As Twitter became tied up with parody accounts and unrest, Rachel Terlep, who runs an account for the Washington State Department of Natural Resources that intersperses cheeky banter with wildfires and weather warnings, watched with as much apprehension as fascination.
“It feels a bit like a supernova moment right now – a big flash of light before it’s all gone,” she said.
So the department entered the fray, enjoying the moment with some of their signature humor. “Update: Twitter Wildfire covers 44 billion acres and is 0% contained,” they posted.
But underneath the joke, it linked to a thread that gave helpful tips on how to examine a hilt to see if it’s real. Some of the suggestions included looking at the age of the account and checking to see if the public safety agency website is linked to the profile.
This underscored the challenge for those tasked with disseminating public safety information to communities. Now they don’t just have to get the information out quickly. On the new Twitter, they also have to convince people that they are in fact the authorities.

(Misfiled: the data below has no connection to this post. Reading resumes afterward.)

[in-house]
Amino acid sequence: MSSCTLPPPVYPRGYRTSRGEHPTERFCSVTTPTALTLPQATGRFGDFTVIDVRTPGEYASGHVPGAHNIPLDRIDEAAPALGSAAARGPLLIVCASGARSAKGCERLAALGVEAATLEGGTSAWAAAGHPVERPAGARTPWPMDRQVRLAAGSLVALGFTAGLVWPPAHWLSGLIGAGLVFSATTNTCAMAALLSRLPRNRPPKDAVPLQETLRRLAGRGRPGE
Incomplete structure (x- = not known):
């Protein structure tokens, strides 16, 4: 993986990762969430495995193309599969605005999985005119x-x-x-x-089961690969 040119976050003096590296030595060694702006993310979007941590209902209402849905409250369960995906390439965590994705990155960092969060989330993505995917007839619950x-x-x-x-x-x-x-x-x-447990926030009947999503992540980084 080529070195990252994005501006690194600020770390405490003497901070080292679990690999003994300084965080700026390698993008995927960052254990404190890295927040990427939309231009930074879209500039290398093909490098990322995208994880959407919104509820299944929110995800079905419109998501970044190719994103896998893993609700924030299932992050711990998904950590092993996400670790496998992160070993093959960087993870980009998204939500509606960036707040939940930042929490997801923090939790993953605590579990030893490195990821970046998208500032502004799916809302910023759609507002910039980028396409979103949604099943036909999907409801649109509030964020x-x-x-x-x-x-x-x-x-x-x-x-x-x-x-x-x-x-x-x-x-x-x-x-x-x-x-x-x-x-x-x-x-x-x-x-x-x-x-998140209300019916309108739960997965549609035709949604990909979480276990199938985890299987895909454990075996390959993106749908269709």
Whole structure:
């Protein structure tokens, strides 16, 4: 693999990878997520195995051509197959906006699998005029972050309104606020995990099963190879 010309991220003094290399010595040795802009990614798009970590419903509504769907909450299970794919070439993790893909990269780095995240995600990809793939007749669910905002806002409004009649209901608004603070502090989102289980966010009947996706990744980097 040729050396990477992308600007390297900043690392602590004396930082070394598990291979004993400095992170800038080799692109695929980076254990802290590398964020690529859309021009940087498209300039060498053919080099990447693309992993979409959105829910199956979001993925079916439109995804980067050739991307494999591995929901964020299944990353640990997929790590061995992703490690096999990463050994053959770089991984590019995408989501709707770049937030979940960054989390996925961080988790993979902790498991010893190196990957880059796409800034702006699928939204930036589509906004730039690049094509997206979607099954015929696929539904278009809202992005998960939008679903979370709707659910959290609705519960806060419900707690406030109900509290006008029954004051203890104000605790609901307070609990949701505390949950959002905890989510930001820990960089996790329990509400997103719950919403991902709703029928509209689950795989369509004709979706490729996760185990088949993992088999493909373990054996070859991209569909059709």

Government agencies, especially those tasked with sending emergency messages, have embraced Twitter for its efficiency and reach. Getting accurate information from authorities during disasters is often a matter of life and death. For example, the first reports this week of a fatal shooting at the University of Virginia came from college Twitter accounts urging students to shelter in place.
Disasters also provide fertile ground for the spread of misinformation online. Researchers like Jun Zhuang, a University at Buffalo professor who studies the spread of misinformation during natural disasters, say emergencies create a “perfect storm” for rumors, but government accounts have also played a crucial role. in their repression.
During Hurricane Harvey in 2017, for example, an online rumor spread that authorities were checking the immigration status of people in storm shelters, potentially deterring people from seeking safety there. However, crisis communication researchers also found that the city’s mayor reassured residents and helped the community pull together through a steady stream of Twitter messages.